I don’t think I’m exaggerating to say that yesterday’s reversal was unprecedented. Games companies have gone back on unpopular policies before, of course, but for a hardware company to withdraw its plans for new DRM features that until yesterday had been trumpeted as essential to the new system, that had only been codified less than a fortnight ago, and all only a week after E3 – by far the biggest opportunity they’ll get to set out their stall before the consoles actually arrive
Now I don’t necessarily hold such a reversal as a mistake in itself. I see many, particularly in the States, where the suggestion of ‘flip-flopping’ can torpedo a politician, saying that this makes Microsoft look weak. There’s value in admitting one’s mistakes and rectifying them, and it’s far better than a dogmatic refusal to change course.
But this DRM snafu is only the latest in a line of missteps that have shaken my faith in Microsoft and the Xbox platform. Although this makes the Xbox One a far more attractive – and, once the price drops and Halo comes out, far more likely – purchase for me, I’m still jumping on the PS4 train for my primary console this generation.
As superb as the first few years of the 360 – and, indeed, the original Xbox – were, Microsoft hasn’t represented my interests for some time now. There’s the complete dearth of interesting first-party titles, even compared to Nintendo’s increasingly token efforts and especially so next to Sony’s adventurous, technically world-class internal studios; the relentless focus on Kinect, once an avoidable annoyance and now “an essential and integrated part of the platform”; the backwards inability for indie developers to work outside the traditional publisher-developer relationship when it’s a dinosaur in these days of digital distribution; the twice-exhibited inability to close out a console with software support up to its successor’s release.
Mainly, though, it’s the inability to see me, as a consumer who has spent hundreds on Xbox games every year since 2002, as anything other than a walking wallet.
I actually didn’t mind paying for Xbox Live Gold and have done since the beta in 2002, as it provided by far the best online gaming experience around. Even today, after innumerable updates over years of development, PSN can’t compete in terms of the integration of the whole system. But PSN is now good enough, and its premium service offers far better value for less money. I don’t care that the PS4 locks online play behind the paywall now because I stocked up on PS Plus membership when it was £20 for a year in Game.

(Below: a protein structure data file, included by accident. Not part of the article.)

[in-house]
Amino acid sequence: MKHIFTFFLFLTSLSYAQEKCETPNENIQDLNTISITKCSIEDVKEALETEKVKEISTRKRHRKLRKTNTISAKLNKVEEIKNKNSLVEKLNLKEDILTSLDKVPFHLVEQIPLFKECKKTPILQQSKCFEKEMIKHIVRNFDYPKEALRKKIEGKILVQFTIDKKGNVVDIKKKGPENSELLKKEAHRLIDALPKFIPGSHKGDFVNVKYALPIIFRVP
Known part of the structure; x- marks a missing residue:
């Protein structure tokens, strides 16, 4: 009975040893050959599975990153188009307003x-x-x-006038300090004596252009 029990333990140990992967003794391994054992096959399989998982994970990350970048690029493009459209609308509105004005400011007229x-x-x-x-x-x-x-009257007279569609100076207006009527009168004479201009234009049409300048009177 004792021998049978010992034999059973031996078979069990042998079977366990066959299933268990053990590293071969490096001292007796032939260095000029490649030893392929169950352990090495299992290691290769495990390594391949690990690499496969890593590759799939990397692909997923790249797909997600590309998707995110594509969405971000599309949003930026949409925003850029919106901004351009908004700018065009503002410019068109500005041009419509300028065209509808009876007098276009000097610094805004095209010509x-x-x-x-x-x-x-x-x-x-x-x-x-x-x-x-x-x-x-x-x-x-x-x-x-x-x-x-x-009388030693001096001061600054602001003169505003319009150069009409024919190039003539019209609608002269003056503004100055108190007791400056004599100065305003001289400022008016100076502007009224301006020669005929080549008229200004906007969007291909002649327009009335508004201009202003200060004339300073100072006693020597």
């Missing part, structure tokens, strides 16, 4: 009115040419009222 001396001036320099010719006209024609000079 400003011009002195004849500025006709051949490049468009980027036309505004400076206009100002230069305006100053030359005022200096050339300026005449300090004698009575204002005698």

Microsoft, meanwhile, arbitrarily locks features behind the paywall to justify the cost, when most of them – Netflix, Sky Go, et al – require separate subscriptions and are free elsewhere. Why would I pay to use Netflix on my Xbox when my PS3, Blu-ray player, laptop, iPad, phone and DVR all have it integrated at no extra cost. Hell, why should I? This inflexibility famously kept the BBC iPlayer off the 360 because Microsoft didn’t want to give away access and the BBC wasn’t allowed to charge for the same thing.
The attempt at matching PS Plus’s Instant Game Collection gave us free Assassin’s Creed II and Halo 3, from 2009 and 2007 respectively, while Sony has recently given us top-class games from 2012 like Uncharted 3 and XCOM: Enemy Unknown. Rumour has it August will bring DmC: Devil May Cry, which is less than six months old, to PS Plus.
Even as I’ve dropped money on Xbox Live, year after year, Microsoft pushes out dashboard updates that seemingly do little but create more advertising space. It’s a company whose idea of generosity ends up looking insultingly miserly. That Mojang had to fight to allow the free content updates to Minecraft that have come to every other platform without issue. That simply doesn’t give most publishers the option of offering free DLC, even if they want to.
Well, a week from now on the 27th, my ten-year-old Xbox Live subscription will lapse and won’t be renewed. The Xbox One will be the first Xbox that I’m not picking up on day one. While I applaud Microsoft for reversing this disastrous policy, what it has lost over the last few years has been the benefit of the doubt. I should buy an Xbox One? Prove it, because you’re getting as little for nothing from me as I get from you.